Wednesday, August 17, 2011

Quotes of the day

No joke: Presidential candidate Rick Perry and comedian Stephen Colbert, who last week barraged Iowa voters with advertisements urging voters to support “Rick Parry,” shared the same political committee treasurer – until they didn’t. Salvatore Purpura, who has represented numerous political committees as treasurer over the years, told POLITICO that he resigned on Thursday as treasurer of Colbert’s super PAC, Americans for a Better Tomorrow, Tomorrow.--DAVE LEVINTHAL

So, no disrespect Gov [Perry], but when you’re getting your Keynes on like that, no need to hide it behind all that anti-gov’t rhetoric.--Jared Bernstein

Would Keynesian stimulus spending work only when it came as a surprise? Or only when the spending was outside the range of prior business experience? Keynesian economists have not even begun to answer these questions. For now, Keynesian theory has so many exceptions that we might as well discard it.--Casey Mulligan

It sounds like this time the [People's Bank of China] might be pretty serious about diversifying their risk away from USG bonds, right? Let’s leave aside the fact that every six months we have heard the same thing for the past several years, and nothing has happened, shouldn’t we nonetheless be worried? Won’t reduced PBoC purchases be hugely disruptive to the US economy and to the US Treasury markets? No, they won’t. There is so much nonsense still being said about this, even by economist who should know better, that I thought I would try to address what it would mean if the PBoC were actually serious and not simply making noises aimed at domestic political constituents. First of all, remember that the PBoC does not purchase huge amounts of USG bonds because it has a lot of money lying around and doesn’t know what to do with it. Its purchase of USG bonds is simply a function of its trade policy. You cannot run a current account surplus unless you are also a net exporter of capital, and since the rest of China is actually a net importer of capital, the PBoC must export huge amounts of capital in order to maintain China’s trade surplus. In order the keep the RMB from appreciating, the PBoC must be willing to purchase as many dollars as the market offers at the price it sets. It pays for those dollars in RMB. It is able to do so by borrowing RMB in the domestic markets, or by forcing banks to put up minimum reserves on deposit. What does the PBoC do with the dollars it purchases? Because it is such a large buyer of dollars, it must put them in a market that is large enough to absorb the money and – and this is the crucial point – whose economy is willing and able to run a large enough trade deficit.--Michael Pettis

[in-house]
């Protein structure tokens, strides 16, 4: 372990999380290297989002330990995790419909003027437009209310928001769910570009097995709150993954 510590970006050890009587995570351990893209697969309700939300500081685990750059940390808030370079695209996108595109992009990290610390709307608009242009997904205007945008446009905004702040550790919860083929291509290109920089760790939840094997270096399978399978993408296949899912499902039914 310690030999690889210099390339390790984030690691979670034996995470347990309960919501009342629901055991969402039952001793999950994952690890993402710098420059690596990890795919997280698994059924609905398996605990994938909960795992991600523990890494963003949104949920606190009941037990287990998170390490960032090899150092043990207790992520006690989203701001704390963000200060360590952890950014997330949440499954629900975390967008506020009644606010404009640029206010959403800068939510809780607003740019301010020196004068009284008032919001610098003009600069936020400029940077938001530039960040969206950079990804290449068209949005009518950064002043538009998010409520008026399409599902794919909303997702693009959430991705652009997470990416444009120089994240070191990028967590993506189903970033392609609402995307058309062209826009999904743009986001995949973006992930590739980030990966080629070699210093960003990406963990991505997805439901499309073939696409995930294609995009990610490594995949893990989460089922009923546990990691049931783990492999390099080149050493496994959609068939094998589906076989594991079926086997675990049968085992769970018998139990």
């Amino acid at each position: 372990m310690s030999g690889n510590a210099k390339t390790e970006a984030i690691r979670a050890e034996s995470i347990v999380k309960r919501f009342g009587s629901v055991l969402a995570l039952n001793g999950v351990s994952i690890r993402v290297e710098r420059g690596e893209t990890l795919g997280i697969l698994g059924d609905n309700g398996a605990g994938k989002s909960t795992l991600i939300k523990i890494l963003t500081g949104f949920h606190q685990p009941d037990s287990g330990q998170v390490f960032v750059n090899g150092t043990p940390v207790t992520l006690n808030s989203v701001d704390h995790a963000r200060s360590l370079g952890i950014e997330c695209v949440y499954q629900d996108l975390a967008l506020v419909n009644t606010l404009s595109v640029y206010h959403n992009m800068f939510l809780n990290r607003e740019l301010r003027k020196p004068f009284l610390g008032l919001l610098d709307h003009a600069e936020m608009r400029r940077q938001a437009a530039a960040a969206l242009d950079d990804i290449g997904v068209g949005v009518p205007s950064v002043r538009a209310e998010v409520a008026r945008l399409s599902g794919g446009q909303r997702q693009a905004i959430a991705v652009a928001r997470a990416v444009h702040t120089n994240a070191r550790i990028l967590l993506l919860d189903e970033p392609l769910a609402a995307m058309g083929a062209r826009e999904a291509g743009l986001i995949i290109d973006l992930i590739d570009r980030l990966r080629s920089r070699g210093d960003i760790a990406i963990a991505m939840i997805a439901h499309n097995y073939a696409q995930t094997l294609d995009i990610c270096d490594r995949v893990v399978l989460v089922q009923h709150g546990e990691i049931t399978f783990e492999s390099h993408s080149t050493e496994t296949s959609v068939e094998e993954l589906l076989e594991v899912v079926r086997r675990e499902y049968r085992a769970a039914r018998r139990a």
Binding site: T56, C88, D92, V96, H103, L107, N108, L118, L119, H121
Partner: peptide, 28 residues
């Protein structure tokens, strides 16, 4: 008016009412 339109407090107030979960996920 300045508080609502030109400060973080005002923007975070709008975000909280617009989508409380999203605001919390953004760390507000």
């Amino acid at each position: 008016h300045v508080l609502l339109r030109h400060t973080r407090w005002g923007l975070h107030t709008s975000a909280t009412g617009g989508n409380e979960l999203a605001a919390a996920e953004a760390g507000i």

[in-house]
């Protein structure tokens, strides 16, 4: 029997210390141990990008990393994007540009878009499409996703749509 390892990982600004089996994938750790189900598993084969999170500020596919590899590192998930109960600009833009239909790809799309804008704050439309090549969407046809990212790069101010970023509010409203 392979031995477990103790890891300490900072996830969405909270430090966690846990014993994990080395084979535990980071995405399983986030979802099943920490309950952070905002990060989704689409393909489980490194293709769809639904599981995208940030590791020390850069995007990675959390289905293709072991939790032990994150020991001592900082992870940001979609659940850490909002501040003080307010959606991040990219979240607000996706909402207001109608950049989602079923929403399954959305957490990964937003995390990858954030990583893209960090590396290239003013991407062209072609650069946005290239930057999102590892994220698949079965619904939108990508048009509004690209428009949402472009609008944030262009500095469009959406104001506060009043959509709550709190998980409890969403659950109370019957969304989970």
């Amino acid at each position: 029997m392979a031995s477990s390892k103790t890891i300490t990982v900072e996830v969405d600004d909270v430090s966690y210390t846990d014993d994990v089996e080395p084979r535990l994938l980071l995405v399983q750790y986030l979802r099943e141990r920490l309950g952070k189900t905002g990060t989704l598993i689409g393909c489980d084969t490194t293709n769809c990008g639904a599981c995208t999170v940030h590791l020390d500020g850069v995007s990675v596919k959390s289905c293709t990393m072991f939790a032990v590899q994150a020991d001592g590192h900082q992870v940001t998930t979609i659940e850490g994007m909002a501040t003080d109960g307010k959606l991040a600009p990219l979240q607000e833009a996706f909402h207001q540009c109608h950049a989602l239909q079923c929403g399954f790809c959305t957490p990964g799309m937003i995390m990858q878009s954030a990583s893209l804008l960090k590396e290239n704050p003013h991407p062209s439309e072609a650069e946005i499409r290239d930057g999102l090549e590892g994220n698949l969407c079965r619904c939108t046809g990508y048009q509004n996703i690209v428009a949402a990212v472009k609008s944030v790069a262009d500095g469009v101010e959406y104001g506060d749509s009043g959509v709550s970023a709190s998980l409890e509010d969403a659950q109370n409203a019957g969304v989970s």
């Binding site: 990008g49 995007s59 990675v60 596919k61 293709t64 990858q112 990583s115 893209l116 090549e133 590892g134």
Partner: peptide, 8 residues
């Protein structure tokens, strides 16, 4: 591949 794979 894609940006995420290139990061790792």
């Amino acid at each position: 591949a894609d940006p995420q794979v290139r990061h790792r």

If you look at the box score from last night’s baseball game, there’s a lot of risk in concluding which player is the best hitter on the team based on what you find in that one box score. We’re very used to seeing, say, player performance vary from game to game and making conclusions about the most productive player based on a large sample of observations, likewise with the stock market. We know that the stock market varies not only day-to-day, but hour-to-hour and minute-to-minute, and we can watch that variation online almost in real-time…. There is a lot of risk in drawing conclusions about what the Dow Jones industrial average index value will be 10 years from now based on what happened yesterday… So again, the current state, or the most recent departure, is not a rational basis for making conclusions about the long-term trend or the long-term state of a system that’s noisy.--Noah Diffenbaugh

Enumerating a long list of disparate things that may happen, without any probabilities, may work for Nouriel Roubini, but he's a charlatan: here he is last week taking credit for his client switching to cash a couple months ago, he doesn't mention he has been suggesting investors go to cash since 1990, always for a slew of reasons (though Lawrence Summers is here giving props to Roub for calling the housing crisis). I have seen reports that endlessly enumerate risks many times in large corporations, and they are highly correlated with people who either are too afraid to make a mistake, or profoundly do not understand their job.--Eric Falkenstein

As expected, the group members rated the most narcissistic leaders as most effective. But they were wrong. In fact, the groups led by the greatest egotists chose the worse candidate for the job. Says Nevicka, “The narcissistic leaders had a very negative effect on their performance. They inhibited the communication because of self-centeredness and authoritarianism.”--Association for Psychological Science

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